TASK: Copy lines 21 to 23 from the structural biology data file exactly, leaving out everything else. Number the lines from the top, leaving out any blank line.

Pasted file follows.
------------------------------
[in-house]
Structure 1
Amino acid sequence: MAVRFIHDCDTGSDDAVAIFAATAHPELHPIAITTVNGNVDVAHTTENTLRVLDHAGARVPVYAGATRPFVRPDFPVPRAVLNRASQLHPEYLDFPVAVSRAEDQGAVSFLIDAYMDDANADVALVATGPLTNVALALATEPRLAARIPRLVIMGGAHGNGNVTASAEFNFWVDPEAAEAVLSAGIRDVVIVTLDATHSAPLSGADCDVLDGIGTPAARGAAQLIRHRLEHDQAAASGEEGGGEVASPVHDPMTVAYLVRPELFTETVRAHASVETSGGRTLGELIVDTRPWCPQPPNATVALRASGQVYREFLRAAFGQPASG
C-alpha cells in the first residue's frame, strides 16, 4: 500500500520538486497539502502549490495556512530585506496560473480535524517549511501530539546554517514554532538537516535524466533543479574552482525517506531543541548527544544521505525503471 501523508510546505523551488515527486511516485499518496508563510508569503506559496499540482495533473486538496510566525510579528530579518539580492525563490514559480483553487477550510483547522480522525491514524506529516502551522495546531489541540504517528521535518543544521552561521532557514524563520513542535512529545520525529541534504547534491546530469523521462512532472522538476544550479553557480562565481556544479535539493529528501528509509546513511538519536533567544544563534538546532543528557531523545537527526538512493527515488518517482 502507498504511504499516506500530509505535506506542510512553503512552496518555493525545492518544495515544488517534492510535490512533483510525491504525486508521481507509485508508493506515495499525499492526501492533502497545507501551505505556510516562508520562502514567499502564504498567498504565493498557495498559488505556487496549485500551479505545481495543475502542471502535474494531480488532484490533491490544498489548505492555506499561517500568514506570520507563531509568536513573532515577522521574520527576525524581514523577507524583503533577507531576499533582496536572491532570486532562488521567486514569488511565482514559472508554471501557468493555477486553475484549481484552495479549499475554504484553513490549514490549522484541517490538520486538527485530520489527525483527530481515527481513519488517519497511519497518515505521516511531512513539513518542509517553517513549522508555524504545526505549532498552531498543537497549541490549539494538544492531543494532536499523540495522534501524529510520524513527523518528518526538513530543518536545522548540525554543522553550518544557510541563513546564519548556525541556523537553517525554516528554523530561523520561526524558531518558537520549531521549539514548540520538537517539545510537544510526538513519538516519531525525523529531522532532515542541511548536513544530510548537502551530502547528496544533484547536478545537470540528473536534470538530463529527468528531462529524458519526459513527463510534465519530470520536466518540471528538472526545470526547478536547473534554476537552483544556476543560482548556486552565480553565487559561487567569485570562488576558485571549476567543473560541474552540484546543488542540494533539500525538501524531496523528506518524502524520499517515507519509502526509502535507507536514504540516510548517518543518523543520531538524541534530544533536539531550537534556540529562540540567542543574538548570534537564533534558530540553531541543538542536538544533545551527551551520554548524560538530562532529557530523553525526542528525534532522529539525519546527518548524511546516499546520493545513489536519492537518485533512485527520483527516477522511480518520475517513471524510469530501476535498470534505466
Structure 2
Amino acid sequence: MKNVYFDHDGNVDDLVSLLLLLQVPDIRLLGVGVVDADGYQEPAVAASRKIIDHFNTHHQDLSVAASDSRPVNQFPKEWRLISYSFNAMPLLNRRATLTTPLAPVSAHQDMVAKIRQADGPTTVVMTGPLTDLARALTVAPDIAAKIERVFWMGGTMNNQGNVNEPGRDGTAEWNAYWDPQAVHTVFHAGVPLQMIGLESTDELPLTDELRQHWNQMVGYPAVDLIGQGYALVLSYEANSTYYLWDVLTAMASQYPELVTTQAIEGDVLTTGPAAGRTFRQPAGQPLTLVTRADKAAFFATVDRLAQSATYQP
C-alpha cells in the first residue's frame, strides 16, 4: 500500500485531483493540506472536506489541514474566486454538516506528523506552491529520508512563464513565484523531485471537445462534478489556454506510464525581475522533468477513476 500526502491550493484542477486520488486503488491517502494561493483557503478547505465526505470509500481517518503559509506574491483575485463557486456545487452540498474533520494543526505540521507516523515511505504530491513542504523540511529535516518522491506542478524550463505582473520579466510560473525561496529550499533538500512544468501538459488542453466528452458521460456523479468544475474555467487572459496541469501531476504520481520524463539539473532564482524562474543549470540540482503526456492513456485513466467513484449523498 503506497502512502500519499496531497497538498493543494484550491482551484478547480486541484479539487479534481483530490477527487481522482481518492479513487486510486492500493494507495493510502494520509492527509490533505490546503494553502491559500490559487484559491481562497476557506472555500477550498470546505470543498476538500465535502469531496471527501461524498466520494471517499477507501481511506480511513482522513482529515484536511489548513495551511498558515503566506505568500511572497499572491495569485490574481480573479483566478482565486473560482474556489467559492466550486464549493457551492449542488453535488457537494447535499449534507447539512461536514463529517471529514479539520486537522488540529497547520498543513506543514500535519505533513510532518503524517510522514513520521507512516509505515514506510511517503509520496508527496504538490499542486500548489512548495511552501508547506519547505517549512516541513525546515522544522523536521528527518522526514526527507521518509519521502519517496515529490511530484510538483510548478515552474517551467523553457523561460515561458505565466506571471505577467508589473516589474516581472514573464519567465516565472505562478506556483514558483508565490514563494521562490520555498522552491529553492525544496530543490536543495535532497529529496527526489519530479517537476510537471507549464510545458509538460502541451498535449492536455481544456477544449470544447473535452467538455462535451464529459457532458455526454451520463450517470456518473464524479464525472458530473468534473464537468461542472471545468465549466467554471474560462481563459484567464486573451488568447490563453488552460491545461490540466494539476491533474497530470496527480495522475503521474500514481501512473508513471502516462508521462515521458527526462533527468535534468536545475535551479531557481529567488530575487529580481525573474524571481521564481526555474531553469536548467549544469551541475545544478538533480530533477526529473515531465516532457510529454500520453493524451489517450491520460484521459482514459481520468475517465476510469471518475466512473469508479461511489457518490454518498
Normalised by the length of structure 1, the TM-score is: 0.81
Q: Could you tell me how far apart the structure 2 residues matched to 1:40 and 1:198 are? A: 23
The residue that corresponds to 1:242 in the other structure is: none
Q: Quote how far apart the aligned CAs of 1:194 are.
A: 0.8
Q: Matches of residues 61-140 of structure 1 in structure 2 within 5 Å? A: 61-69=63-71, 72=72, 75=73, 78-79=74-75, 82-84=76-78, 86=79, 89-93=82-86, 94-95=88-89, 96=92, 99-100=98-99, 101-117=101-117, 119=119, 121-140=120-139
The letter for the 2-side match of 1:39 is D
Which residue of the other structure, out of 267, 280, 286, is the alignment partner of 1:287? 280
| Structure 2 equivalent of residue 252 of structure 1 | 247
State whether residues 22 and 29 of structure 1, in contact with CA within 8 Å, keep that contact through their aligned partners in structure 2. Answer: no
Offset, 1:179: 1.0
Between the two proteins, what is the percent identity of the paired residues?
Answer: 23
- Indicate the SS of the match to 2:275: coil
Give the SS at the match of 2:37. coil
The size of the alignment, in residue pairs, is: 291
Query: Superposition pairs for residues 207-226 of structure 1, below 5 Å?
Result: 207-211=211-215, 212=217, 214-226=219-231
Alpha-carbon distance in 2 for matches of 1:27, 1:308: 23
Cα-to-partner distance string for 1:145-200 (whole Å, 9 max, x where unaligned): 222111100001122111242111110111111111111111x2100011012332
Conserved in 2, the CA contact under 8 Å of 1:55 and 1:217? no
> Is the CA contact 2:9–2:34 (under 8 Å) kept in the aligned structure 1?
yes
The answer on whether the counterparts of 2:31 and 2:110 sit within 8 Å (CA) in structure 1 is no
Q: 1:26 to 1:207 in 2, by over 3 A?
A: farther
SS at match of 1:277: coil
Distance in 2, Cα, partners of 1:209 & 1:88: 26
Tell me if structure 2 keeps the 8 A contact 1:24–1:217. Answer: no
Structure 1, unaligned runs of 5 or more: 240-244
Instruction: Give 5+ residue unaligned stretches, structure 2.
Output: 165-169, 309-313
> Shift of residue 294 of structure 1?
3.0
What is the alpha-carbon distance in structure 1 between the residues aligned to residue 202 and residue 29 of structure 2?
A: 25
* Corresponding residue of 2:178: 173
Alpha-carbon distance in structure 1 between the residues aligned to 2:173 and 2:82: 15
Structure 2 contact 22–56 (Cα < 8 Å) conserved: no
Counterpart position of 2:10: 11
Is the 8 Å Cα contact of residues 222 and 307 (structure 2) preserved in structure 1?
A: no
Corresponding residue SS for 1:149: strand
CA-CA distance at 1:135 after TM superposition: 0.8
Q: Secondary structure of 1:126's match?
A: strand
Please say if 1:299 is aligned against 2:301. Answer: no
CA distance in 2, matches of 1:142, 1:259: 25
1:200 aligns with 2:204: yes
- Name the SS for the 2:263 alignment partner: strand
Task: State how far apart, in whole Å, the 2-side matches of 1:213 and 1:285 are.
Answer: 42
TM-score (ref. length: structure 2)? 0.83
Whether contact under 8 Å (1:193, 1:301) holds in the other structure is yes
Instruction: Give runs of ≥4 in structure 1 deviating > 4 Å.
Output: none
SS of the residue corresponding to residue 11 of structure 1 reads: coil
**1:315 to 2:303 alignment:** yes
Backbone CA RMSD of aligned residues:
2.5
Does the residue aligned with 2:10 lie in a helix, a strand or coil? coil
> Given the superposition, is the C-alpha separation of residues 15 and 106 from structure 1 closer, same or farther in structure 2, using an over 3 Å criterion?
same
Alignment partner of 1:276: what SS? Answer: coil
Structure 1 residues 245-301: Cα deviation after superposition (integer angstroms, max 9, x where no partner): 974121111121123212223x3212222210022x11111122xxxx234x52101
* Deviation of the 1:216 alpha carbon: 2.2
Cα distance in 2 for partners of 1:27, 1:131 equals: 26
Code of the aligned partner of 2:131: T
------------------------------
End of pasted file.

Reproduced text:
- Indicate the SS of the match to 2:275: coil
Give the SS at the match of 2:37. coil
The size of the alignment, in residue pairs, is: 291